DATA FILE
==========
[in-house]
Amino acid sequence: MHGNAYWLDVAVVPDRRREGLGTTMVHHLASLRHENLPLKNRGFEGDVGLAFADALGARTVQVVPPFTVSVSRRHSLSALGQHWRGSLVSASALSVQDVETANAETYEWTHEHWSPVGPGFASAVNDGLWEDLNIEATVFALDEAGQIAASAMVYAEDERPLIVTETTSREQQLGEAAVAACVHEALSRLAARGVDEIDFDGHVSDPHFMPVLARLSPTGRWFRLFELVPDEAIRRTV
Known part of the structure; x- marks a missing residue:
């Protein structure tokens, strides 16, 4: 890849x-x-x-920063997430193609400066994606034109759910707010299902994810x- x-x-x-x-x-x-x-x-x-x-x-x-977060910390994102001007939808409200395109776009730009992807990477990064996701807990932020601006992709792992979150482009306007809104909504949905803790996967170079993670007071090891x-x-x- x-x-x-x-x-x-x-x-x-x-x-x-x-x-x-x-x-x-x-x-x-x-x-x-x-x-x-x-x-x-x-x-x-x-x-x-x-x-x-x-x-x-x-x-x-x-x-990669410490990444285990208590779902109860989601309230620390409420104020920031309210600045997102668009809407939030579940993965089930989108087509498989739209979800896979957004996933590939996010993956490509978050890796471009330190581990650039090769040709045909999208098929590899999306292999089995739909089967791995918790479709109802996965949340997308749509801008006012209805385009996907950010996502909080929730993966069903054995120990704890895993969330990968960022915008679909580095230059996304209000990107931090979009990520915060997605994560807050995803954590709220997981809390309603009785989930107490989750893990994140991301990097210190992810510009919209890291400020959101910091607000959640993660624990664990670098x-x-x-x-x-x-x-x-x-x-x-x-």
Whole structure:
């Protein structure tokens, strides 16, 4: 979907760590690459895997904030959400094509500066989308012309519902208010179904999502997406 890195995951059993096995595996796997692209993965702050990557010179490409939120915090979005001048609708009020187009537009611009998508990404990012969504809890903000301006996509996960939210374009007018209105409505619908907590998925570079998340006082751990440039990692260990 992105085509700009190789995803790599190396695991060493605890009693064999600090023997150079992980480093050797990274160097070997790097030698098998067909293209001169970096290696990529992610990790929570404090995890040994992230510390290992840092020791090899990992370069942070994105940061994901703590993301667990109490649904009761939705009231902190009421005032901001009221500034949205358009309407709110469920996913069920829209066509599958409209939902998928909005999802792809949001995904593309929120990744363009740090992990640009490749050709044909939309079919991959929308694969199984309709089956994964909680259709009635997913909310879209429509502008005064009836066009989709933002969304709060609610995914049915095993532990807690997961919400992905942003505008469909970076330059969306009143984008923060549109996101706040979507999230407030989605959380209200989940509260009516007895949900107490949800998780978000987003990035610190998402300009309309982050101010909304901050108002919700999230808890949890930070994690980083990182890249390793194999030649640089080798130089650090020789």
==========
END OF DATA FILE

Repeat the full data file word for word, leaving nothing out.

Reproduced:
[in-house]
Amino acid sequence: MHGNAYWLDVAVVPDRRREGLGTTMVHHLASLRHENLPLKNRGFEGDVGLAFADALGARTVQVVPPFTVSVSRRHSLSALGQHWRGSLVSASALSVQDVETANAETYEWTHEHWSPVGPGFASAVNDGLWEDLNIEATVFALDEAGQIAASAMVYAEDERPLIVTETTSREQQLGEAAVAACVHEALSRLAARGVDEIDFDGHVSDPHFMPVLARLSPTGRWFRLFELVPDEAIRRTV
Known part of the structure; x- marks a missing residue:
């Protein structure tokens, strides 16, 4: 890849x-x-x-920063997430193609400066994606034109759910707010299902994810x- x-x-x-x-x-x-x-x-x-x-x-x-977060910390994102001007939808409200395109776009730009992807990477990064996701807990932020601006992709792992979150482009306007809104909504949905803790996967170079993670007071090891x-x-x- x-x-x-x-x-x-x-x-x-x-x-x-x-x-x-x-x-x-x-x-x-x-x-x-x-x-x-x-x-x-x-x-x-x-x-x-x-x-x-x-x-x-x-x-x-x-x-990669410490990444285990208590779902109860989601309230620390409420104020920031309210600045997102668009809407939030579940993965089930989108087509498989739209979800896979957004996933590939996010993956490509978050890796471009330190581990650039090769040709045909999208098929590899999306292999089995739909089967791995918790479709109802996965949340997308749509801008006012209805385009996907950010996502909080929730993966069903054995120990704890895993969330990968960022915008679909580095230059996304209000990107931090979009990520915060997605994560807050995803954590709220997981809390309603009785989930107490989750893990994140991301990097210190992810510009919209890291400020959101910091607000959640993660624990664990670098x-x-x-x-x-x-x-x-x-x-x-x-």
Whole structure:
């Protein structure tokens, strides 16, 4: 979907760590690459895997904030959400094509500066989308012309519902208010179904999502997406 890195995951059993096995595996796997692209993965702050990557010179490409939120915090979005001048609708009020187009537009611009998508990404990012969504809890903000301006996509996960939210374009007018209105409505619908907590998925570079998340006082751990440039990692260990 992105085509700009190789995803790599190396695991060493605890009693064999600090023997150079992980480093050797990274160097070997790097030698098998067909293209001169970096290696990529992610990790929570404090995890040994992230510390290992840092020791090899990992370069942070994105940061994901703590993301667990109490649904009761939705009231902190009421005032901001009221500034949205358009309407709110469920996913069920829209066509599958409209939902998928909005999802792809949001995904593309929120990744363009740090992990640009490749050709044909939309079919991959929308694969199984309709089956994964909680259709009635997913909310879209429509502008005064009836066009989709933002969304709060609610995914049915095993532990807690997961919400992905942003505008469909970076330059969306009143984008923060549109996101706040979507999230407030989605959380209200989940509260009516007895949900107490949800998780978000987003990035610190998402300009309309982050101010909304901050108002919700999230808890949890930070994690980083990182890249390793194999030649640089080798130089650090020789």